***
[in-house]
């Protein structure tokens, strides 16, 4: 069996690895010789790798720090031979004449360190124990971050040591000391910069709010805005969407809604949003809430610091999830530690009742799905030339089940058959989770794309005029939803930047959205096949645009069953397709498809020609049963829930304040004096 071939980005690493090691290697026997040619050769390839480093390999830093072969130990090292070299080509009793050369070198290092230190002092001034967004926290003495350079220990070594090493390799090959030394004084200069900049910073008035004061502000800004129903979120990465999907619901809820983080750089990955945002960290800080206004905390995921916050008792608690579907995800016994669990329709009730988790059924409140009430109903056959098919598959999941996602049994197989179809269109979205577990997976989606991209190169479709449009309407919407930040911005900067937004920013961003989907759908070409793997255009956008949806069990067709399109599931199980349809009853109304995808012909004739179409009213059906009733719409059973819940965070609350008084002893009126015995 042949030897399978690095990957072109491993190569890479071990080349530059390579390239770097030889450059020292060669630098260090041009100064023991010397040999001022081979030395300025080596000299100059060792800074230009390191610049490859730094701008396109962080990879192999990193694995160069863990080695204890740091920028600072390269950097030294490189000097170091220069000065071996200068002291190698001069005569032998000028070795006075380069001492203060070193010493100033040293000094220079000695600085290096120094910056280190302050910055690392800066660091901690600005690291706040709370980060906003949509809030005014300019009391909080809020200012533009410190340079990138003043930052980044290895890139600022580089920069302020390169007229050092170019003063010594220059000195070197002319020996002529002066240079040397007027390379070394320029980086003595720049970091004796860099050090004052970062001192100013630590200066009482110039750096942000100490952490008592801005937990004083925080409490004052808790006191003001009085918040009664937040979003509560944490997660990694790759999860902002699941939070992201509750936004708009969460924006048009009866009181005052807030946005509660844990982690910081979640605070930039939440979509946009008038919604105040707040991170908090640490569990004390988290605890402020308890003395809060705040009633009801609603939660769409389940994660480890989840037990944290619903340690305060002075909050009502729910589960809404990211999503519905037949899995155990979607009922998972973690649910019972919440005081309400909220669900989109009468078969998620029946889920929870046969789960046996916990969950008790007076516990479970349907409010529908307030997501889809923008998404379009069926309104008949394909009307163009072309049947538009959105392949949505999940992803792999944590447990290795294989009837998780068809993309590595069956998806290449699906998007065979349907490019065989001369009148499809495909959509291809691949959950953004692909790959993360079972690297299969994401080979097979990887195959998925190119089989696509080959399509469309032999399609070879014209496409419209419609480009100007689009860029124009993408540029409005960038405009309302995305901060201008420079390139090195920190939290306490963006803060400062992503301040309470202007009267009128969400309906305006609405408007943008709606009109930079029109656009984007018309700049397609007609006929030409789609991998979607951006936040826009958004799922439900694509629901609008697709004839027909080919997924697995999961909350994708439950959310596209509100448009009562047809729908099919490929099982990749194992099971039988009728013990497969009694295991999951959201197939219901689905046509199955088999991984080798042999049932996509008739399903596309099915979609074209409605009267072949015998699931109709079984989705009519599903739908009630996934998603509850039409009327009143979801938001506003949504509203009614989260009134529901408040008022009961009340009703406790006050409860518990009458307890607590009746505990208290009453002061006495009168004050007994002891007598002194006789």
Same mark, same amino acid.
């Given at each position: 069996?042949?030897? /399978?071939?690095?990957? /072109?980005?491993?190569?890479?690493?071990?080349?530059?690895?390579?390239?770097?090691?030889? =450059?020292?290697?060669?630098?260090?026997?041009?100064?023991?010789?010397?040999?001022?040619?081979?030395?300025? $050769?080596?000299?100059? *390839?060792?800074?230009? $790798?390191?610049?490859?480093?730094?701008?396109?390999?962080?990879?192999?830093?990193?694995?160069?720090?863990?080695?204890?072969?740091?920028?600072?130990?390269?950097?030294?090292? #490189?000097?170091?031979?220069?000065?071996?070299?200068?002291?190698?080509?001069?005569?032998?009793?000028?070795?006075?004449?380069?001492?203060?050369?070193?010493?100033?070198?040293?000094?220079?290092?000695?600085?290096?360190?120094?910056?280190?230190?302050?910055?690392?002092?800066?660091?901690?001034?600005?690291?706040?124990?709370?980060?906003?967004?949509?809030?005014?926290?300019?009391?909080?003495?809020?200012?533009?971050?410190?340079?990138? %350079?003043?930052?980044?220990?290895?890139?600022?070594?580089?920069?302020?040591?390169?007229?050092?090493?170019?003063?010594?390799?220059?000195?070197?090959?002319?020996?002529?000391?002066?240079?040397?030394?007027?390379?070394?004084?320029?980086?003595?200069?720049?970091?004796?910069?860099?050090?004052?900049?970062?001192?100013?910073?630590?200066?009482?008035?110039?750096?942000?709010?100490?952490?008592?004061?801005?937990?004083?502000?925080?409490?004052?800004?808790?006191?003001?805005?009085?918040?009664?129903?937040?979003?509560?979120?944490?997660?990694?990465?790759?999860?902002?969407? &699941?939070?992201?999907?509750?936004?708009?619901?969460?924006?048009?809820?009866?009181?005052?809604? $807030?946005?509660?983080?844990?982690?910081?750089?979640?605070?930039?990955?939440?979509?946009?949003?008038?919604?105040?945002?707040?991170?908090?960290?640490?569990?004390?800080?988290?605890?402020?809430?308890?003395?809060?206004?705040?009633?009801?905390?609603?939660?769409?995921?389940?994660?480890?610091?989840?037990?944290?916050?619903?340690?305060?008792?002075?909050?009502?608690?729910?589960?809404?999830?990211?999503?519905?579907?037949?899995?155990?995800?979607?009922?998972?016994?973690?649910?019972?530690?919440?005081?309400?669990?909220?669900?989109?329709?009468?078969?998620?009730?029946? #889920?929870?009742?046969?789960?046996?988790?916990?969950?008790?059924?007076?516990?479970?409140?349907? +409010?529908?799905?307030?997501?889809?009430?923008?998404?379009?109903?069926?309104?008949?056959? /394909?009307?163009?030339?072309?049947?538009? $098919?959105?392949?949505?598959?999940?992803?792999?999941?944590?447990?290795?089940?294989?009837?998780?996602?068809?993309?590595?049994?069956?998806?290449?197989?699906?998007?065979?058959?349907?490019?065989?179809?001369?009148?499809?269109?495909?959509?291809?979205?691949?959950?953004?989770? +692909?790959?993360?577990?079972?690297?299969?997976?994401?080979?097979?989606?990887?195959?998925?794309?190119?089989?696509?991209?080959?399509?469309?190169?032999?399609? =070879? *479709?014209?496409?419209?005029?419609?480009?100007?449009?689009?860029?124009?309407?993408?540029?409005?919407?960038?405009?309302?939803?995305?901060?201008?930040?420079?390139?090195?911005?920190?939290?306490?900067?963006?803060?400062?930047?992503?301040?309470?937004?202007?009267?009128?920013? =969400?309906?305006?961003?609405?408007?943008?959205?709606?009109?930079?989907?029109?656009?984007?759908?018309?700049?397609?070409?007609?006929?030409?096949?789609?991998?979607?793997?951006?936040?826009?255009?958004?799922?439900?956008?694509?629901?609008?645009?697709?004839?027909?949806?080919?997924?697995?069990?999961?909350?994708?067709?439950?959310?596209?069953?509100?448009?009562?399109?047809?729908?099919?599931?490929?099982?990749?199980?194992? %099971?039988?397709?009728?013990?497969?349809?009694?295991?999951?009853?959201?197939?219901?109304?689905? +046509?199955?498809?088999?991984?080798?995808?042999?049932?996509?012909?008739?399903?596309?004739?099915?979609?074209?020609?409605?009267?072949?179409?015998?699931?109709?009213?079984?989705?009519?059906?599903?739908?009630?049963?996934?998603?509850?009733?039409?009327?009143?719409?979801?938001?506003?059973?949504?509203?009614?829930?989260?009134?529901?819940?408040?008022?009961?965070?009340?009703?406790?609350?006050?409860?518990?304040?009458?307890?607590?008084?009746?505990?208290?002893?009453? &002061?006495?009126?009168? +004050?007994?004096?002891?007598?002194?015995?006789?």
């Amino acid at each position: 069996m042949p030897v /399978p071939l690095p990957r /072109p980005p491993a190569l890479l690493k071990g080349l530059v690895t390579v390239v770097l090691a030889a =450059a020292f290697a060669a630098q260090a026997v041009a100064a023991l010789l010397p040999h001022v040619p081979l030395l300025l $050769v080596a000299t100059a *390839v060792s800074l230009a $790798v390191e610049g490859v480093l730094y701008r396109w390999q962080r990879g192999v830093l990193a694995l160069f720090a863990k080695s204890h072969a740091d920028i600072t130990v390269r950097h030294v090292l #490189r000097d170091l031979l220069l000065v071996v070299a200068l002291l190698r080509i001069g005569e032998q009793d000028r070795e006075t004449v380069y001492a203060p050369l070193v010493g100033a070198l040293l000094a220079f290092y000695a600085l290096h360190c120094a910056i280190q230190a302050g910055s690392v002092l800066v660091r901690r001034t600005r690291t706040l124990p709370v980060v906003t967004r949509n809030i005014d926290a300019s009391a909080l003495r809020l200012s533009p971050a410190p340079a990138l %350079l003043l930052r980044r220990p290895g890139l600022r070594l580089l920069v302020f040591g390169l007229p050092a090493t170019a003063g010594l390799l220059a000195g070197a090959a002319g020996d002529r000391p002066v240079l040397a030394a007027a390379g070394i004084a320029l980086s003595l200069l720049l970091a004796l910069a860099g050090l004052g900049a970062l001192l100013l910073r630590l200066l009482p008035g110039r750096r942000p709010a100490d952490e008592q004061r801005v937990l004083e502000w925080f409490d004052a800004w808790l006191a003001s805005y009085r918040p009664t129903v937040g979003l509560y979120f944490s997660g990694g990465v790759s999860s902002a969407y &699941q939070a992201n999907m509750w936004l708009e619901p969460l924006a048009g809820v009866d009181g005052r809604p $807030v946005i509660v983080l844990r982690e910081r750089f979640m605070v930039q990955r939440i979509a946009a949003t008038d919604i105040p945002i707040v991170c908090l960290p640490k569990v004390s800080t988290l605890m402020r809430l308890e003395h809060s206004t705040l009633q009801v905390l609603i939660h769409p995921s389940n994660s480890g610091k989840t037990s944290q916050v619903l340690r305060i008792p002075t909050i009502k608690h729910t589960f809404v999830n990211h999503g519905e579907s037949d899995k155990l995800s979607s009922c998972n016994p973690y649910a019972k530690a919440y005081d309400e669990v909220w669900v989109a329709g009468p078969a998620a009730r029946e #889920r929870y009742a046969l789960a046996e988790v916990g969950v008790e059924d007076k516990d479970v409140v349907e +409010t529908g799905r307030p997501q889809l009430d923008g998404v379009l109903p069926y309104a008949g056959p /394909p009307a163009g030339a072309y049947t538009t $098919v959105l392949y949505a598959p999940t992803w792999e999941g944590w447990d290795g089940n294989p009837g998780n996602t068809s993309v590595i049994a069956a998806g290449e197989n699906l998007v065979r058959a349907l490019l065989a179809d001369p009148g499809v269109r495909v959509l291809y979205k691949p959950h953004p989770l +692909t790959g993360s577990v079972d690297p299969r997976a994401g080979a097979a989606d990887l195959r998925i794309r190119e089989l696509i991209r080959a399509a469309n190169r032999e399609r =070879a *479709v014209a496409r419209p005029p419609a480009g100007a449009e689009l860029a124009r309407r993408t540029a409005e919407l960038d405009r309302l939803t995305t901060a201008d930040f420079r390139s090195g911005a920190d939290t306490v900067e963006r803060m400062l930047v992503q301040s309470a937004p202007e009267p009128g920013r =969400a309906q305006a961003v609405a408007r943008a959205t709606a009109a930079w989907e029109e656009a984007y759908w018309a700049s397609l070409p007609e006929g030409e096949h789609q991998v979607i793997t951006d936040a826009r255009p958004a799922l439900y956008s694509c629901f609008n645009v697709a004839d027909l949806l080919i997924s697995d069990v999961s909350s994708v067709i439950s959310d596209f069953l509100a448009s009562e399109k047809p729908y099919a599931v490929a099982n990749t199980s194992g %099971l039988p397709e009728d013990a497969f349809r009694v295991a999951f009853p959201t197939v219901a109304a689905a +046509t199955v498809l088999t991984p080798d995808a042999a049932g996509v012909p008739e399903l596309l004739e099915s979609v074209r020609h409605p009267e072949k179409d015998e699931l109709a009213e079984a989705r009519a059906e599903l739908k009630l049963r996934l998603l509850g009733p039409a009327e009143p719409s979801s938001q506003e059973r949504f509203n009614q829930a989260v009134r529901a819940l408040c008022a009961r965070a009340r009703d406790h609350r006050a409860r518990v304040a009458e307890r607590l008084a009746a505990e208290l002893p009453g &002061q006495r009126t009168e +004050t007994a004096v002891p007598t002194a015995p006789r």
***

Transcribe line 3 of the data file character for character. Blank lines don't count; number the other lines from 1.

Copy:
Same mark, same amino acid.